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Riding Alone (Day 1: Scone to Gundy, Australia)

Here I am – sitting cross-legged in my tent, the darkness filled with the glow of the computer screen. I am camped in an open-sided shed at the Gundy Showground – a small bug crawls across my writing, outside something is moving on the tent. I have come to the end of my first day as a solo bicycle tourist.

 

I’m sharing the shed with a couple who are riding the Bicentennial National Trail. They’ve been taking a break here in Gundy this week and spent the afternoon re-shoeing two of their five horses. They began at the northern end of the trail up in Far North Queensland a year ago and hope to finish by Christmas.

 

Just when I thought I was being adventurous, I meet others operating on a whole different scale.

 

It rained last night, in Scone and more seemed likely this morning. My friend Jim and I had breakfast and wandered about town some as I avoided getting on with it.

 

Around midday we drove me to the turn off for Gundy. I loaded my bicycle as rain began to fall. My heart raced with an undefined panic. I breathed deeply and cried some. With a big hug and assurances that he, and all my mates, are only a phone call away he encouraged me to get on my way. And I did.

 

A woman stands with a loaded touring bicycle before a road sign for the Gunday Road
I got on my bicycle and pedalled down an unfamiliar road.

 

The bigness of the plans creep in around the edges and sometimes and knock me over a bit. Otherwise I’m pretty good at just thinking of it as doing one thing at a time – today I went for a ride from Scone to Gundy. Simple.

 

The road was good, the motorists all polite – though, yes, it is scary to hear a car coming up behind me on a small-ish country road. All I can do is hold my line and think: see me, slow, pass wide, please.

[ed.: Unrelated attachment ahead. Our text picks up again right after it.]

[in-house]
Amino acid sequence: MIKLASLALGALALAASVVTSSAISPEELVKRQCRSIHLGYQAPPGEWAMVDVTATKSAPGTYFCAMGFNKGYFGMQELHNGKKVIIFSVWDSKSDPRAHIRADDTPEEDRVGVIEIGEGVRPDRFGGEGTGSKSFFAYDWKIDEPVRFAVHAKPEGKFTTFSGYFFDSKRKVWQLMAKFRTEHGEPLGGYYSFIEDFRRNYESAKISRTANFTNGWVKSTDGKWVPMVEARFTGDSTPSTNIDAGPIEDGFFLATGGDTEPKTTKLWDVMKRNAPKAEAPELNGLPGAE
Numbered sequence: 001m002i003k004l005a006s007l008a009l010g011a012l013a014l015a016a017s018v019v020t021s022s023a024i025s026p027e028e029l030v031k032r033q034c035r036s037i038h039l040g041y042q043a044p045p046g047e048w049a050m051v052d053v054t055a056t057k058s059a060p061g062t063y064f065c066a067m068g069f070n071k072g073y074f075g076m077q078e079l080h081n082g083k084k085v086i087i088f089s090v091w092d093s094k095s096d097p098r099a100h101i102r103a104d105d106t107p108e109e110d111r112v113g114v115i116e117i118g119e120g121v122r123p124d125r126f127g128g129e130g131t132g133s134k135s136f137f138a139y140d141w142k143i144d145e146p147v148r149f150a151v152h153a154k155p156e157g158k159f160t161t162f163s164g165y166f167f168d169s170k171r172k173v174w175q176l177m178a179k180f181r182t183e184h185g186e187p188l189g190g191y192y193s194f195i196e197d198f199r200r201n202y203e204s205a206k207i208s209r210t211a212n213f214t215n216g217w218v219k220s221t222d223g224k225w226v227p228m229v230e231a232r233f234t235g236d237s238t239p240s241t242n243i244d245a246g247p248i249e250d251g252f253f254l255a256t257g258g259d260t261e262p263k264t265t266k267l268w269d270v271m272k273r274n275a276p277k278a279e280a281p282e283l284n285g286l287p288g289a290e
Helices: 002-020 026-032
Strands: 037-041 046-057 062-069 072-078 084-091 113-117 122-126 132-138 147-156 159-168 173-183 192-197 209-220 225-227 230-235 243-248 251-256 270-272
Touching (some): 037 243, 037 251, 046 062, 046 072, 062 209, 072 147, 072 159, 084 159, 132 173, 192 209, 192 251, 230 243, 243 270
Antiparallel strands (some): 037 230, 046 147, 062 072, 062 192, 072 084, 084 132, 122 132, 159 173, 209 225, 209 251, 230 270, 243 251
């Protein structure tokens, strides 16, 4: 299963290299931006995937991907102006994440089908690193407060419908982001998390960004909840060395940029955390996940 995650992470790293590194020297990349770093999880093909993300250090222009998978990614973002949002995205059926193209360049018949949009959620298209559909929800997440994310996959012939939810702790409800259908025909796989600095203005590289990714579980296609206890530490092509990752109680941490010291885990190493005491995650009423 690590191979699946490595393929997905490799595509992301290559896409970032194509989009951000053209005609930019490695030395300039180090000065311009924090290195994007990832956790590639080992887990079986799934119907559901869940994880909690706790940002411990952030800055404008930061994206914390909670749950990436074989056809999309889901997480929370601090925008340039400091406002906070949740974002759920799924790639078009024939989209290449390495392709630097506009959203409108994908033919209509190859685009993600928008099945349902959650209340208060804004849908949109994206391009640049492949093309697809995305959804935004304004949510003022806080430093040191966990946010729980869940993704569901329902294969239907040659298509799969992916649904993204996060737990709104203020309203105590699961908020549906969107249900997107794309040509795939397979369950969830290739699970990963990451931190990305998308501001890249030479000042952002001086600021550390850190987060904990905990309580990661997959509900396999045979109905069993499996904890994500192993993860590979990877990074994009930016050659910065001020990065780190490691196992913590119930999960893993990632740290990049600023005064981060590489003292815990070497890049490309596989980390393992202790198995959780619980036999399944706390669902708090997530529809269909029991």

The countryside here is beautiful – soft rolling hills, horses in paddocks, bigger mountains (in the Australian sense) further off.

 

The ride was just 20 kilometres – in less than two hours I was rolling into Gundy: a pub, a general store, a church with two services a month and a scattering of houses.

 

Once I’d set up camp and had a shower I was then faced with the moment I had long anticipated … I had nothing to do and nowhere to be.

 

In an open-sided large modern shed, two tents are pitched. Two people with a horse in the background.
The Gundy shed made for a good first night camp

 

I chatted with my neighbours and watched them shoe their horses. I walked back down to the general store and ordered a pot of tea. I sat on the veranda watching passing traffic and wrote in my notebook.

 

Back at camp I edited photos then admired a flaming sunset. My neighbours have a car during their week long break off the trail. They went into Scone to get dinner. I made Korean instant noodles.

 

They had come the way I am going and suggested a nice spot to camp just before the climb to the Crawney Pass. It would save me the extra riding to get to and from Timor Caves. For all intent and purposes both spots are functionally wild camping. It will be dark for nearly 12 hours and I will be alone.

 

I had a few moments there – squatting on my tarpaulin, hunched over my pot of noodles, in this shed in Gundy  – where I wept a little and questioned whether I can do this. I wanted to talk to my friends but there’s no mobile reception. I’m scared about tomorrow. I don’t think any misfortune will befall me but it’s going to be a challenge, emotionally – to be out there alone like that. I don’t actually want to do that. I wish, a little, I hadn’t chosen this route with such a tough couple of days to start with. Maybe if I start early enough I can make it all the way to Nundle – which is like 80 km including this climb at 55 or so. One step at a time. Ride to the Timor Caves turn off and decide then what to do next.

 

A eucalyptus tree silhouetted against sunset colours of tangerine and mauve,
Sunset on day one, may they all be this glorious

 

 

 

 

 

 

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